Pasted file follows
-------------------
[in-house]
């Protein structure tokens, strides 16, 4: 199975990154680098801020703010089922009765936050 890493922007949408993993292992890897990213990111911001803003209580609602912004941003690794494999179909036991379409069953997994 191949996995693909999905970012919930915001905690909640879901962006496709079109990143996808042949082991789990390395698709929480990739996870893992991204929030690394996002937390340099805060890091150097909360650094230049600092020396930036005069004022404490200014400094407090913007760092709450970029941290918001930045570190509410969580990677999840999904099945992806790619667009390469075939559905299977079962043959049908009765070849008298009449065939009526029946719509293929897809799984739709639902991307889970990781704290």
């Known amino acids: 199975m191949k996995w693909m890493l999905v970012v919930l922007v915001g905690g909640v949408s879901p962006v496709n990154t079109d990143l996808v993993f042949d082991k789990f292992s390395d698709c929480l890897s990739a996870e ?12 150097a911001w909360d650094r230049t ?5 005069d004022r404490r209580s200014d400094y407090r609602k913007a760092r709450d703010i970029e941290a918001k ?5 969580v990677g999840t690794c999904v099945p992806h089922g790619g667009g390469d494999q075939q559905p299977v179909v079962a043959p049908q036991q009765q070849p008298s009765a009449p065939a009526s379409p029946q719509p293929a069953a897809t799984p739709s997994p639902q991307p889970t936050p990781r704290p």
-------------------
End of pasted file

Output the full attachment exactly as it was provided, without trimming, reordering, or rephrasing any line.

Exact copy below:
[in-house]
């Protein structure tokens, strides 16, 4: 199975990154680098801020703010089922009765936050 890493922007949408993993292992890897990213990111911001803003209580609602912004941003690794494999179909036991379409069953997994 191949996995693909999905970012919930915001905690909640879901962006496709079109990143996808042949082991789990390395698709929480990739996870893992991204929030690394996002937390340099805060890091150097909360650094230049600092020396930036005069004022404490200014400094407090913007760092709450970029941290918001930045570190509410969580990677999840999904099945992806790619667009390469075939559905299977079962043959049908009765070849008298009449065939009526029946719509293929897809799984739709639902991307889970990781704290």
């Known amino acids: 199975m191949k996995w693909m890493l999905v970012v919930l922007v915001g905690g909640v949408s879901p962006v496709n990154t079109d990143l996808v993993f042949d082991k789990f292992s390395d698709c929480l890897s990739a996870e ?12 150097a911001w909360d650094r230049t ?5 005069d004022r404490r209580s200014d400094y407090r609602k913007a760092r709450d703010i970029e941290a918001k ?5 969580v990677g999840t690794c999904v099945p992806h089922g790619g667009g390469d494999q075939q559905p299977v179909v079962a043959p049908q036991q009765q070849p008298s009765a009449p065939a009526s379409p029946q719509p293929a069953a897809t799984p739709s997994p639902q991307p889970t936050p990781r704290p």